Initially, Jesus directly called a small number of people to participate in this mission, but as momentum picked up, people naturally got on board. Not only Jews but also a growing number of Gentiles came to believe in this future transformation and received from God the Spirit of eschatological witness.

But the invitation or opportunity to participate followed the announcement of what God was about to do in the ancient world. We can still invite people to participate in the outcome of what God did back then, in the ancient world, within the historical horizons of Jesus and the apostles. That at least safeguards the historical perspective. Two thousand years ago the God of Israel saved his people from the devastating consequences of their rebelliousness and sent in motion a series of events that would culminate in the conversion of Greek-Roman world.

Still, I think that there may be a better way to engage with the historicality of the New Testament witness. We are not now looking ahead to the destruction of Jerusalem and the temple and the conversion of the nations of the Roman Empire. But we are no less a priestly-prophetic people called to serve the God of history, under the rule of his Son, in the power and discipline of the Spirit, and I would argue that the invitation to participate should follow an updated declaration of the intention of the living God to judge and remake, probably as part of the narrative of global excess and environmental disaster.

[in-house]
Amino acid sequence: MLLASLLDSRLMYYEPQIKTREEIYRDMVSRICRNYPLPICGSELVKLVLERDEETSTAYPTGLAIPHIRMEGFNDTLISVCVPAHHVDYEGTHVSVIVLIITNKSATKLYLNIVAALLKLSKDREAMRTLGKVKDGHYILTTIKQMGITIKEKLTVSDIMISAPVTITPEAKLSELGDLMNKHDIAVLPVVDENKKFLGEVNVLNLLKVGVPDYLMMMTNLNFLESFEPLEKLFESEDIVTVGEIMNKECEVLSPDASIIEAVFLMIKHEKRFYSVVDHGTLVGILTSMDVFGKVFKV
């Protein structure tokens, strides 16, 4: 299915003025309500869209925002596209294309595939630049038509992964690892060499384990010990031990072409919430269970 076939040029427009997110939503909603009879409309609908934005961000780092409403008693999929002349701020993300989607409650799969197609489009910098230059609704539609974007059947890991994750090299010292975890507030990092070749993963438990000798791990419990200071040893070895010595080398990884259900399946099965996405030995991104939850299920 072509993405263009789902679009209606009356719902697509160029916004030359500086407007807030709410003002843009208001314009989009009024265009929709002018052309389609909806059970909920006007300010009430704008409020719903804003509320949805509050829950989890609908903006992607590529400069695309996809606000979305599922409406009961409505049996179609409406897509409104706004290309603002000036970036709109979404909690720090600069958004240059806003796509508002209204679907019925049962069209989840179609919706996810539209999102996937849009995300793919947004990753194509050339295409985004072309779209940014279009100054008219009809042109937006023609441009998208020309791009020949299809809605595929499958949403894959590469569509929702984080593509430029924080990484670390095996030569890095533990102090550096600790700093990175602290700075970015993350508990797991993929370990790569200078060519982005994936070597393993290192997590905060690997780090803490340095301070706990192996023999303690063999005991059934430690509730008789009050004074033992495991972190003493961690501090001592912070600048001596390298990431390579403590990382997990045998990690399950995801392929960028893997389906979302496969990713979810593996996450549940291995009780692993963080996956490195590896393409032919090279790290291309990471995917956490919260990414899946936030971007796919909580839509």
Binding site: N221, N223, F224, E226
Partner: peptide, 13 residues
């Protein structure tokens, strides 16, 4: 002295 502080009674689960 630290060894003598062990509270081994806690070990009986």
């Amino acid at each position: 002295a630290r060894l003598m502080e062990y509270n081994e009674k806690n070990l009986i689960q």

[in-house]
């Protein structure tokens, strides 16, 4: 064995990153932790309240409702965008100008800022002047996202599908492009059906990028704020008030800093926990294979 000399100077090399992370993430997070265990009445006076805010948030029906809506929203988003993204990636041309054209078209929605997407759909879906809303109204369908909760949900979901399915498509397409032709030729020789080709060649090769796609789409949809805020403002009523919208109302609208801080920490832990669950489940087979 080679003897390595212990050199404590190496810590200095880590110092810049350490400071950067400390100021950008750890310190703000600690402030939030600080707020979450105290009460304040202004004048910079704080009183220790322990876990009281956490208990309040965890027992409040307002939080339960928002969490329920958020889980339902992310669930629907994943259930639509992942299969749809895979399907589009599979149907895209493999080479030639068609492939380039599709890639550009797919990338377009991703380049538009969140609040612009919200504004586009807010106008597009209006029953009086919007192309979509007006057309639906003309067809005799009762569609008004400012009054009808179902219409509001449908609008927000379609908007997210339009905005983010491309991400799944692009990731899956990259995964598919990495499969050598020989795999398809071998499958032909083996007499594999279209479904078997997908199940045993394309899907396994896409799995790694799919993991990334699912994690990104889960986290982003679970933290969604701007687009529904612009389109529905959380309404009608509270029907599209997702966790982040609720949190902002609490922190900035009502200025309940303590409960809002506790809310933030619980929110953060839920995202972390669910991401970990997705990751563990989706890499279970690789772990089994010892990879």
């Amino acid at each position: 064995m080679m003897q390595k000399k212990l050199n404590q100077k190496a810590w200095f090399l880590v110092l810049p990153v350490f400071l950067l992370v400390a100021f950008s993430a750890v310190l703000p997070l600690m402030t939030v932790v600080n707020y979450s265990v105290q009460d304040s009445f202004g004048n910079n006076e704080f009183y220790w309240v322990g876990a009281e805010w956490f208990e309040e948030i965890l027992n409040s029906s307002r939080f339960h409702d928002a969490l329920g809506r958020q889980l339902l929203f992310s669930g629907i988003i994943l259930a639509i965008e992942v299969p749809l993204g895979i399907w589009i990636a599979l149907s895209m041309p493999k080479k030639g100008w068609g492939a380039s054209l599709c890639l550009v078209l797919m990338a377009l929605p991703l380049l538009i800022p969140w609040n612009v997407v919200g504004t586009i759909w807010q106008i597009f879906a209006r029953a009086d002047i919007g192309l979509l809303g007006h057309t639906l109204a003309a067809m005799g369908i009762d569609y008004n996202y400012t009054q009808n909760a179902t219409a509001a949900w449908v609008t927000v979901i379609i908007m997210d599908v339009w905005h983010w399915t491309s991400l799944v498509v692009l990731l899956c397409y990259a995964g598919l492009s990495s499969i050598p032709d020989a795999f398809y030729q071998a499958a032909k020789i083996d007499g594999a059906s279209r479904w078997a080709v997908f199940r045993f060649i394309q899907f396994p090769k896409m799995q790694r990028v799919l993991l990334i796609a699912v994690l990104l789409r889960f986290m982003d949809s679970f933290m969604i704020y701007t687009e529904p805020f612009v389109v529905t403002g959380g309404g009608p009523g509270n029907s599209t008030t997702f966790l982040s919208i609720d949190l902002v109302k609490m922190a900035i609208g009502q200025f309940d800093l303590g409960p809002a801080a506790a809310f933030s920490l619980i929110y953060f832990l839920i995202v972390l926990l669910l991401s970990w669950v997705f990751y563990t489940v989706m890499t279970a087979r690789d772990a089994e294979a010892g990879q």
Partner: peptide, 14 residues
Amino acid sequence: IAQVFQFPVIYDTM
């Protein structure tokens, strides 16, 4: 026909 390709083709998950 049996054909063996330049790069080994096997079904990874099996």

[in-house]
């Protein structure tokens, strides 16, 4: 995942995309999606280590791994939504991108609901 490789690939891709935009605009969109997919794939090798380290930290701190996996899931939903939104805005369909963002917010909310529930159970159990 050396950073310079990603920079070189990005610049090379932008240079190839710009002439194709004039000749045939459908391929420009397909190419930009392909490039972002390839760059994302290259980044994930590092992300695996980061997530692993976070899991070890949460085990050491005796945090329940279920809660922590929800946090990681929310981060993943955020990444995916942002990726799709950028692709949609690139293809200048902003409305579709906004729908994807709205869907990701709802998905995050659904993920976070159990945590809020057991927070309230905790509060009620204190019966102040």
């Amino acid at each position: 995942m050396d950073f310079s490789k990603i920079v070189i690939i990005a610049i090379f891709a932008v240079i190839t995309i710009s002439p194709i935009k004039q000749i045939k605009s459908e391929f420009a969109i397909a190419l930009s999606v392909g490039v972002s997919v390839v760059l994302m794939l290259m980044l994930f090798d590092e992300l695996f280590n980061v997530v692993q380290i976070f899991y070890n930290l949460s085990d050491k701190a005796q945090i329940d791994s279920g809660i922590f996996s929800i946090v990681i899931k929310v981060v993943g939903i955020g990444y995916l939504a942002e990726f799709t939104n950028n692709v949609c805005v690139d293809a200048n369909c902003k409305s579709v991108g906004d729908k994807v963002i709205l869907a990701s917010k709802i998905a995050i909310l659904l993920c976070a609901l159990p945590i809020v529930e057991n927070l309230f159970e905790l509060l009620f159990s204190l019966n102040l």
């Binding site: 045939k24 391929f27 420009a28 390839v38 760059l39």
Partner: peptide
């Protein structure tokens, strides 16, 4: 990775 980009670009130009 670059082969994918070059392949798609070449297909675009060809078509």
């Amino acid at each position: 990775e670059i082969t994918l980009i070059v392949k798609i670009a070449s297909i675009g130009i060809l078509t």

Our “good news” must be that God is to be found in this crisis—perhaps that he has handed our secular civilisation over to the disastrous consequences of our immoderation (cf. Rom. 1:24, 26, 28). We preach this “gospel,” and we baptise and disciple those who believe it. That, I suggest, is the mission of the “evangelical” church today.